Ripponden, UK, February 11, 2021 - In the current climate, it’s hard to imagine a time when musicians will be able to get back into studios to collaborate and record as they once did. Before the UK went into the first lockdown however, this is exactly what Joss Worthington - engineer and owner of Distant City Studios in the picturesque village of Ripponden in West Yorkshire - was doing using his new Solid State Logic AWS948 SuperAnalogue console.

In an apparent twist of fate following a major redesign of the entire studio (including the roof!), Joss used his new desk with additional G Series Bus Compressor and 611DYN E Series dynamics modules to record rock band Lanterns on the Lake’s acclaimed album Spook The Herd, which was released last February via independent record label Bella Union and shortlisted for the 2020 Mercury Prize.


While the album was made with traditional recording techniques, the equipment and technology used was very much modern and progressive.

Coming from a digital background, Joss was keen to progress further into the analogue domain with a desk that could provide true flexibility, and he was recommended the 948 by The Studio People:

I've always been massively influenced by ‘80s pop and rock stuff, and that compressed film sound usually going through an SSL,” says Joss. “So the more I listened to it, the more I realised that subconsciously, my ears have been informed by that SSL sound for years.

“My own music is quite cinematic sounding, and I've always liked working with a broad, soft stereo image,” he adds.

“I wanted to be able to mix stems on a desk that didn't have a massive footprint, and the beauty with the 948 is that you can change each channel into a stereo channel and flip things very easily.”

Best of Both

Joss admits that he’s been getting more hands on with the desk, and the power it’s provided him when it comes to mixing has been second to none. He’s also been using some extra 611DYN E Series dynamics modules on toms, kicks and snares to make his drums sound even cleaner and punchier, as well as utilising the AWS948’s Delta Control function to automate his main faders for a streamlined workflow.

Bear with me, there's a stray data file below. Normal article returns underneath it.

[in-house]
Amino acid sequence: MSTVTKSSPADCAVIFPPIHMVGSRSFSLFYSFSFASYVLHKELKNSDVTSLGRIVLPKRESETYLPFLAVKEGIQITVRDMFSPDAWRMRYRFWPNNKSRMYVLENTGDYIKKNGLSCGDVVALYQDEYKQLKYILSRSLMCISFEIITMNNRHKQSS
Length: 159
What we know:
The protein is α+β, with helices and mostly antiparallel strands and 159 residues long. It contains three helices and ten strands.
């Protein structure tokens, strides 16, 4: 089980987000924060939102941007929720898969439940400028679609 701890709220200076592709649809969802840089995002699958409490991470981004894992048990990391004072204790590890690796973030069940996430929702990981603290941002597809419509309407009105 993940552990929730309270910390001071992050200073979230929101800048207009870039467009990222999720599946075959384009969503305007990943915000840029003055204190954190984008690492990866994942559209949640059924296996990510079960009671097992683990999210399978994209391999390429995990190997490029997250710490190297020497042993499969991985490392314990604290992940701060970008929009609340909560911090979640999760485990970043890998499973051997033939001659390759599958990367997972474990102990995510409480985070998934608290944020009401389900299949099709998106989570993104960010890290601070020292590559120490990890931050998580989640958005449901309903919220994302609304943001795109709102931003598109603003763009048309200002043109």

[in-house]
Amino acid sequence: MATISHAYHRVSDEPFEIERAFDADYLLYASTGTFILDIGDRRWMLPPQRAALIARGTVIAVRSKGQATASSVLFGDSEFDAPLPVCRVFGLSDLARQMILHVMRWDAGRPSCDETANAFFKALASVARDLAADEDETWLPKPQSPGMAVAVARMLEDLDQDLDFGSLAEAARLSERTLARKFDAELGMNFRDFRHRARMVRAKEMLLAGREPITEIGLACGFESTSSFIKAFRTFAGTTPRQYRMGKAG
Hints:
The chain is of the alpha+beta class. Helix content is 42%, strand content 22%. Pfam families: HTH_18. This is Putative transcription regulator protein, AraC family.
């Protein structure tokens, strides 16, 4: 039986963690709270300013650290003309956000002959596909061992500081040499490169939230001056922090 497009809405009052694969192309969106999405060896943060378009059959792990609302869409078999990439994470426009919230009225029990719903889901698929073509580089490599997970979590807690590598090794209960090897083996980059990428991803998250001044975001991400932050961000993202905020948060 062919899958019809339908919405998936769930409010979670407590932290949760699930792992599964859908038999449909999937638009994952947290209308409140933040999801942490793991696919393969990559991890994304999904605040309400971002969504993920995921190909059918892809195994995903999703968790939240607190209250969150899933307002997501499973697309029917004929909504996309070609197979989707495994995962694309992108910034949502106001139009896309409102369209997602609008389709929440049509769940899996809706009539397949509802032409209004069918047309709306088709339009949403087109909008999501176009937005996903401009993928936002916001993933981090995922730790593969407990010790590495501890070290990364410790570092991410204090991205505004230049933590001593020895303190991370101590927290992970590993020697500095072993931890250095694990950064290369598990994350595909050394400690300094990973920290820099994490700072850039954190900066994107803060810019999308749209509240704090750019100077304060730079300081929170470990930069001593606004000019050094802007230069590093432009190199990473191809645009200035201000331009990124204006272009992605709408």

“I have eight stereo stems in the analogue world, so at one touch of a fader I can use the DAW Focus mode to flip back and forth between that and the mixing that I’m doing in the box. I get all the digital automation and recallability along with the impressive tonality of the analogue world. With the Lanterns on the Lake record, the drums were pretty much all done through the SSL except for the room mics, along with a bit of a mixture of preamps,” he reveals.

In addition to  the console’s G Series Bus Compressors, Joss also likes to utilise mid-side compression; a Fairchild clone adds width and depth, creating more punch in the middle of the mix without processing the wider areas of the stereo image.

Distant City’s overhaul inspired Joss to make some interesting choices when it came to the studio’s overall design, building a double-height drum room with a retractable ceiling to accommodate the available space.

Having written and released music under the name Postcards From Jeff for a number of years, Joss approached the design and build from a pure musician’s point of view:

“What became quite apparent after a few years was the inconsistency in the studio’s setup and design, so the original brief was to try and build a timeless studio that was still cutting edge,” he shares. “For the past three years I've just been trying to get the studio on the map, and the timing of the Lanterns on the Lake project couldn’t have been better.

“I’d opened the studio up and done some work with a few people, but I wasn't really pushing the website that much. I was just trying to get on my feet and find my groove with a new setup which was drastically different to what I had before. I was very lucky to have a mutual contact with Lanterns on the Lake, and after I reopened the studio they were really keen to get in and record.”

It was a dream job for Joss, who was a huge fan of the band beforehand, and they made it clear that they wanted to create the record very much in line with how Joss had designed the studio:

“They wanted roomy drums and the whole ambience; playing together at the same time in an attempt to capture that depth, dynamic and real vibe of the place.”

It wasn’t in fact until after the Lanterns on the Lake record was produced that Joss brought Solid State Logic’s Fusion all-analogue stereo outboard processor into the equation, which he now uses in abundance and cites as a “really clever bit of kit".

“When you put it on your mix bus you can quickly check if there’s enough width or depth and then add that in where needed. On the last minute of something, if you just need a tiny bit of top end you can add that in. It's very useful mostly on the mix bus, and the capabilities it brings in terms of acting as a hub for the mixers. It’s also nice to have that option where you can add a little bit of air to things - I do that quite regularly.

Having recorded the Mercury Prize-nominated album through his AWS948, Joss is confident that he absolutely made the right choice when it came to his gear:

“It’s just fantastic; it fits perfectly in the studio without having a massive footprint and it allows me to integrate a lot of different preamps around it. In many ways. I've got the best of both worlds!”


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